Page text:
As wind and solar power get cheaper all the time, and now battery costs are collapsing into the bargain, nuclear power represents a very slow, expensive and completely inflexible solution to a 'problem' that no longer exists.
Tesla Energy's new mains power battery has just transformed the energy market - giving a huge boost to small scale renewable energy and killing off both fossil fuelled and nuclear power in the process.
The announcement of its two domestic-scale lithium batteries, rated at 7kWh and 10kWh of energy storage was widely trailed.
But what no one expected was the price - which came in at a half to a quarter of market expectations: "Tesla's selling price to installers is $3,500 for 10kWh and $3,000 for 7kWh. (Price excludes inverter and installation.) Deliveries begin in late Summer."
And according to energy analyst Arnie Gundersen of Fairewinds Energy Education, that equates to a life-cycle cost of about $0,02 per kWh stored and released, or a little over 1p in UK money.
And that is transformational. With grid power prices typically 14p / kWh in the UK, or $0.12 in the US, it's just a fraction of the cost of buying power in - for the first making it economic for small scale generators to 'save and re-use' their power surpluses.
Selling cheap, buying dear - no longer!
Currently power users with solar panels or wind turbines get paid just a few pence for every kWh (that's one kilowatt of electrical power for one hour) they dump into the grid. So the main value they get (in addition to any feed-in tariff) is that while the sun is shining or the wind blowing, they get 'free' electricity.
The problem comes when there's no sunshine or wind - and then they have to buy high-priced power in off the grid. But now with the Tesla battery system they will be able to store any power surplus to their needs - dumping less power onto the grid, and buying less in.
And that's just what Tesla's battery is designed to do. It can "provide a number of different benefits to the customer", writes Tesla, including:
- "Load shifting - The battery can provide financial savings to its owner by charging during low rate periods when demand for electricity is lower and discharging during more expensive rate periods when electricity demand is higher
- "Increasing self-consumption of solar power generation - The battery can store surplus solar energy not used at the time it is generated and use that energy later when the sun is not shining
- "Back-up power - Assures power in the event of an outage."
As they do this technology adopters will slash the money they spend buying grid electricity. And if enough people do it (as they surely will as prices continue to fall) the entire business model of centralized power generators is doomed as sales falls, fixed costs have to be shared among a dwindling pool of customers, and the incentive to 'go renewable' increases.
But the revolution doesn't stop there!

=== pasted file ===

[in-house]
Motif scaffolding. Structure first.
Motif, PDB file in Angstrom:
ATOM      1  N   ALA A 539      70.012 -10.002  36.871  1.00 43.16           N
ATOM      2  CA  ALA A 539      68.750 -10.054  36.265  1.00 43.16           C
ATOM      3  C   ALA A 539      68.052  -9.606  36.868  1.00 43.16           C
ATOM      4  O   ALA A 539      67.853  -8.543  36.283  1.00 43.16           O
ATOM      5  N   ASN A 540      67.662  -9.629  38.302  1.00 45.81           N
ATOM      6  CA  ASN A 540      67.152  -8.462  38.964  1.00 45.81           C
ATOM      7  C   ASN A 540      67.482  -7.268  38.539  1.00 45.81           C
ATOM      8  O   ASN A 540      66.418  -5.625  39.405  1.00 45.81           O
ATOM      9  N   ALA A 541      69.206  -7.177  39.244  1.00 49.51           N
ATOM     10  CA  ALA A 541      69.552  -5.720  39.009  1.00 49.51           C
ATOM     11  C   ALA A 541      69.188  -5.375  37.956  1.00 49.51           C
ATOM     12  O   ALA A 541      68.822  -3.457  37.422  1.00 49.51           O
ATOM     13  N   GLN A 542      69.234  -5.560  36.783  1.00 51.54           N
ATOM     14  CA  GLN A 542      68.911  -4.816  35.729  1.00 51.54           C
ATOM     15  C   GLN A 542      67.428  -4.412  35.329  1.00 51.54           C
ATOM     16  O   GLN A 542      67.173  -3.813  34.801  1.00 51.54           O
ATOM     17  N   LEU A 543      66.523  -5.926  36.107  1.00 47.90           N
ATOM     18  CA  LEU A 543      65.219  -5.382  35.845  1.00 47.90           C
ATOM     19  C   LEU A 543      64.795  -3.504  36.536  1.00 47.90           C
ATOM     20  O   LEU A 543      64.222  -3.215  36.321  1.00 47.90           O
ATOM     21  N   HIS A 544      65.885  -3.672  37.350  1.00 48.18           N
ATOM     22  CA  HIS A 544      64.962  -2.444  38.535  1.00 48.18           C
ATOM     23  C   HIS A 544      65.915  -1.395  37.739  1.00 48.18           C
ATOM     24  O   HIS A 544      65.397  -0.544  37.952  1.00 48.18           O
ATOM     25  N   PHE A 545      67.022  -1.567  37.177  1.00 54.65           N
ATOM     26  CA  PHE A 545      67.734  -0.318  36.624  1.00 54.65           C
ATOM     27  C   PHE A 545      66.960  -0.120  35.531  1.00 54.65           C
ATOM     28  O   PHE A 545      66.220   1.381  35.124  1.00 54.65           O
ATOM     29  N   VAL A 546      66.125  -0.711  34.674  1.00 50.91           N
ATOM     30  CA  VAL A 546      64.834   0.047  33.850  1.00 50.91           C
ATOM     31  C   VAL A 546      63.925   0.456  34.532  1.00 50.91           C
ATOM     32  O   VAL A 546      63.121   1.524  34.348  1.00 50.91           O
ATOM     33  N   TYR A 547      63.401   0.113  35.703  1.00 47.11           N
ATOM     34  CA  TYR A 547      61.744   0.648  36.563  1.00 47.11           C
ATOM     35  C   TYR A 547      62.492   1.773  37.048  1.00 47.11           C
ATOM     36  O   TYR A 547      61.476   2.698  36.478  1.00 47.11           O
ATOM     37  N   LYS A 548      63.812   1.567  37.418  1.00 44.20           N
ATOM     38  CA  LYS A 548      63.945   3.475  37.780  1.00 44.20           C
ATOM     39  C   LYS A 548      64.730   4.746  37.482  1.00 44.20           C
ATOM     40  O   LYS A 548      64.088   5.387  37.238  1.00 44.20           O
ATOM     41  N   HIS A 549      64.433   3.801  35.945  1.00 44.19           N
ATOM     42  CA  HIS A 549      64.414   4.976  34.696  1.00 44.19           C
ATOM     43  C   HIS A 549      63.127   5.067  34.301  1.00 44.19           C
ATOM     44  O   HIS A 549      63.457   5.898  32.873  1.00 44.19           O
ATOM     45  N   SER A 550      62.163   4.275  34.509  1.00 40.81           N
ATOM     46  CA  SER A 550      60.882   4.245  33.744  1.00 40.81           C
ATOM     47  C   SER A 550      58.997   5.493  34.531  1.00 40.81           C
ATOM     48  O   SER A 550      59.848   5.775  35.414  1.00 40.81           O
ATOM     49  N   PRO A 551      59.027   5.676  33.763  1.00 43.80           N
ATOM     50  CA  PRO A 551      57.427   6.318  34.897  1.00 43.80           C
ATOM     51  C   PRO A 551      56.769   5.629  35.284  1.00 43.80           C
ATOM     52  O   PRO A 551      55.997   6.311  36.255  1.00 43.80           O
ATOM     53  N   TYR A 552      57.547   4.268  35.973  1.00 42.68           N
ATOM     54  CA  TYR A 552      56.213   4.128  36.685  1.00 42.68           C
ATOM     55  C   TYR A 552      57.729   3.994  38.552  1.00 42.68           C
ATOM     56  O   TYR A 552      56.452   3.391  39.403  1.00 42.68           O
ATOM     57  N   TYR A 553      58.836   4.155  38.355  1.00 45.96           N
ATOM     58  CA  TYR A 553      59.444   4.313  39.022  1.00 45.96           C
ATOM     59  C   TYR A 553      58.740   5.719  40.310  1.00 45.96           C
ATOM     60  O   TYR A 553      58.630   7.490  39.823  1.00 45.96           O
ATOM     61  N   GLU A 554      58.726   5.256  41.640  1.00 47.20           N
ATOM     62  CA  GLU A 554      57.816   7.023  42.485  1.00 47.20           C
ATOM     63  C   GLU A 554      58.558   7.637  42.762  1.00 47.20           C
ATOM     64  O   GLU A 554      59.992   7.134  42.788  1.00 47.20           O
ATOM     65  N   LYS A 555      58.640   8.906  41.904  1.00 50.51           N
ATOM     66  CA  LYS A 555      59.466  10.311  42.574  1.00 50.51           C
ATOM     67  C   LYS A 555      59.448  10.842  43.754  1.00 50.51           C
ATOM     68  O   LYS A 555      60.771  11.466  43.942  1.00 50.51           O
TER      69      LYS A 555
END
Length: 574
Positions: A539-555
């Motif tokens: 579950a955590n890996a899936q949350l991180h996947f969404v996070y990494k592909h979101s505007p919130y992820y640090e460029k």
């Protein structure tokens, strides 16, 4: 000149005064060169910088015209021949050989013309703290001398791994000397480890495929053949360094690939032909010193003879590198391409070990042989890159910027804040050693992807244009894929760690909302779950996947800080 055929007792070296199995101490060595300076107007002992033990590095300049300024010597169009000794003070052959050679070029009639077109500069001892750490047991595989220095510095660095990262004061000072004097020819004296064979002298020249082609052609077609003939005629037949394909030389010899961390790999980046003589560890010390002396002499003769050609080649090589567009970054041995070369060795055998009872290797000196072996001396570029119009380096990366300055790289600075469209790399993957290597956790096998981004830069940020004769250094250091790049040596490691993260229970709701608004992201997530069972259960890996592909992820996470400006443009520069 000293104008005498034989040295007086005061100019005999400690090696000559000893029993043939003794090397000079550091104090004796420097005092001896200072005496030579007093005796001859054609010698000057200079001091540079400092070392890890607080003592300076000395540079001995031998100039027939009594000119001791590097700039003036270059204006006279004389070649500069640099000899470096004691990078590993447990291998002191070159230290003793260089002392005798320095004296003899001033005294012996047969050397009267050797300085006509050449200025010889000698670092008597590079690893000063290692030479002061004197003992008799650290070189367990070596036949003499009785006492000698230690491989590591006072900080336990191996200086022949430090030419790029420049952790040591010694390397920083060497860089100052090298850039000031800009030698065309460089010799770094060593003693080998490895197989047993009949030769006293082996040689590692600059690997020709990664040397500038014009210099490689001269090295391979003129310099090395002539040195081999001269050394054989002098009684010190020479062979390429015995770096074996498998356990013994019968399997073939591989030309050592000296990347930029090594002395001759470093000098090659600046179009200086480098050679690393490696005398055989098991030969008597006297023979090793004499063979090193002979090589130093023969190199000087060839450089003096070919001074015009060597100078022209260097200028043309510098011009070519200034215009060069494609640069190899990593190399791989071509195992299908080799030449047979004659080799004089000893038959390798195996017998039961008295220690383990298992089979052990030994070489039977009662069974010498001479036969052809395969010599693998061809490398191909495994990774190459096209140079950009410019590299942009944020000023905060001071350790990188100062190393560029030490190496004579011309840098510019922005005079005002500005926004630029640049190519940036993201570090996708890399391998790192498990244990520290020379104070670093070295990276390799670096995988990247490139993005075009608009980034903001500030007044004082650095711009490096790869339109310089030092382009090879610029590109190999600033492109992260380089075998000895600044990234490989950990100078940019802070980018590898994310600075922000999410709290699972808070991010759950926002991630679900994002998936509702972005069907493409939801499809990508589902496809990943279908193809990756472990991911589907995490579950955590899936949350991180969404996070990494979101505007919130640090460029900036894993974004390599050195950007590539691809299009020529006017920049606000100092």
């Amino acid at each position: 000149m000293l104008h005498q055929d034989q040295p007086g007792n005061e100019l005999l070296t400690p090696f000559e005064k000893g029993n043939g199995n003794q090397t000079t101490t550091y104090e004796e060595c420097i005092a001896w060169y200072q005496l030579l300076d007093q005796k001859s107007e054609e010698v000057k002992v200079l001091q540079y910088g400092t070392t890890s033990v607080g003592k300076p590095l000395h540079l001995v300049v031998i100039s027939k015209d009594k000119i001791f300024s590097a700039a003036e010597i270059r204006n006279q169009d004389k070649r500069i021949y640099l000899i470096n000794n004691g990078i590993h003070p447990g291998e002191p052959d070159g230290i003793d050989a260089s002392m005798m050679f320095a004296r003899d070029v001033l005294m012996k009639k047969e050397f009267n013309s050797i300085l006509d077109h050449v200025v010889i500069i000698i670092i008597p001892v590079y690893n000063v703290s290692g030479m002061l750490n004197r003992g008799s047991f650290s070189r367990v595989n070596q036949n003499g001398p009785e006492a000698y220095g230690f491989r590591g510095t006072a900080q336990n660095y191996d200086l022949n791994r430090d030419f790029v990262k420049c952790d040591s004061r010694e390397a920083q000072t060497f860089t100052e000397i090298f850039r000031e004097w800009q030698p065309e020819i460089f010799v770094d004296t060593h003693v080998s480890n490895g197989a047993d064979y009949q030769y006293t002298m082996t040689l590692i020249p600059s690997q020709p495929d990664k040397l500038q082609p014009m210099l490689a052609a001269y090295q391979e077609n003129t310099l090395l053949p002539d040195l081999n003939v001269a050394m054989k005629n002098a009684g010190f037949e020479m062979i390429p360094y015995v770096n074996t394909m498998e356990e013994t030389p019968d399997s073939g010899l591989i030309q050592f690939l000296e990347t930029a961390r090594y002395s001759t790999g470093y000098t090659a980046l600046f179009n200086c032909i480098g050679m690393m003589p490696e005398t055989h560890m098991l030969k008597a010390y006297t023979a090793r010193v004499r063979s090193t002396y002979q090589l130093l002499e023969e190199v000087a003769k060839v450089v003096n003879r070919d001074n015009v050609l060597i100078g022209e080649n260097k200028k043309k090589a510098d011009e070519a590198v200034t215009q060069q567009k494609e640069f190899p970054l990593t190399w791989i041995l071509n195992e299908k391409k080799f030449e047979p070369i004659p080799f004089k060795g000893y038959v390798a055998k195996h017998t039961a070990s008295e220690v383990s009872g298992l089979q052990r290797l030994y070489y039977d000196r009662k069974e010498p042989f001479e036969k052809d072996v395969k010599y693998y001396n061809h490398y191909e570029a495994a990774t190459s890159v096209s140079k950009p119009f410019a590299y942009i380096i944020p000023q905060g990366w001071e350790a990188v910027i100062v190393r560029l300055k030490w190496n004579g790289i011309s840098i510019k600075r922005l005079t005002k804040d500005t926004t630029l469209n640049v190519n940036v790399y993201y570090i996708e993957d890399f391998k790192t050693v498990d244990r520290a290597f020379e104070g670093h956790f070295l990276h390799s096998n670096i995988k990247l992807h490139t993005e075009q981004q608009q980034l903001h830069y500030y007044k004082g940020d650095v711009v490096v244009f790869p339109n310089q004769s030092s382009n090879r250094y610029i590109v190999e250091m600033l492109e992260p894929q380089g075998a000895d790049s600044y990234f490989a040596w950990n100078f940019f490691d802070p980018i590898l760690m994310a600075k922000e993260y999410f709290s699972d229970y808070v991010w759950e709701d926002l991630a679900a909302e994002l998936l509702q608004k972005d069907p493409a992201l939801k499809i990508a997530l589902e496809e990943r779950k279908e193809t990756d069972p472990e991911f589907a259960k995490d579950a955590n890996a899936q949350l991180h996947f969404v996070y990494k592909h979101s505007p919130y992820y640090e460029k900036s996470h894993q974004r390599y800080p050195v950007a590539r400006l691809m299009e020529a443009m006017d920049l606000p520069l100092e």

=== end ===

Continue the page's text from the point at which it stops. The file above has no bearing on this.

It's not just domestic-scale generators that can benefit from the technology - large utility-scale renewable power generators can also get in on the act by installing banks of batteries at solar and wind farm sites - holding back electricity when the price is low, and selling it when the price is high.
And yes, Tesla has a product for them too: "For utility scale systems, 100kWh battery blocks are grouped to scale from 500kWh to 10MWh+. These systems are capable of 2hr or 4hr continuous net discharge power."
Result: returns to wind and solar investors go up, making wind and solar power even more competitive against fossil-generated electricity than they already are. In the process renewable generators will also stabilise the grid, playing a big part in ensuring that, second to second, power supply matches demand.
And as they do this it will cut away life support from coal and gas fired plants that are currently paid to step in and make good any fall-off in power from renewable generators, or meet demand surges from power users.
Good news for everyone ... almost everyone
And that's good news for everyone. Except the owners of the fossil fuel plants, that is, and the extractive industries that supply their fuel.
Oh yes, and nuclear power operators. The nuclear industry argues that of all the 'low carbon' power sources only nuclear can supply 'base load' demand, day in, day out. In fact the claim is highly dubious - not least because all nuclear plants are prone to sudden emergency cut-outs that require a huge 'spinning reserve' as backup.
But that, they argue, justified the very high prices consumers are forced to pay for their electricity. The UK's planned Hinkley C nuclear power plant is set to receive about double the current wholesale price for power, index linked, for 35 years after it goes into production, at least a decade in the future (if indeed it ever does).
But with cheap battery power now, why bother? As wind and solar power get cheaper all the time, and now battery costs are collapsing into the bargain, nuclear power represents a very slow, expensive and completely inflexible solution to a 'problem' that no longer exists.
The end of the big centralized power generators and their nuclear and fossil fuelled plants is no longer in doubt: it's not 'if', but 'when?' Will they last out another decade? As revenues, investor confidence and future prospects ebb away, it's hard to see how.
Oliver Tickell edits The Ecologist.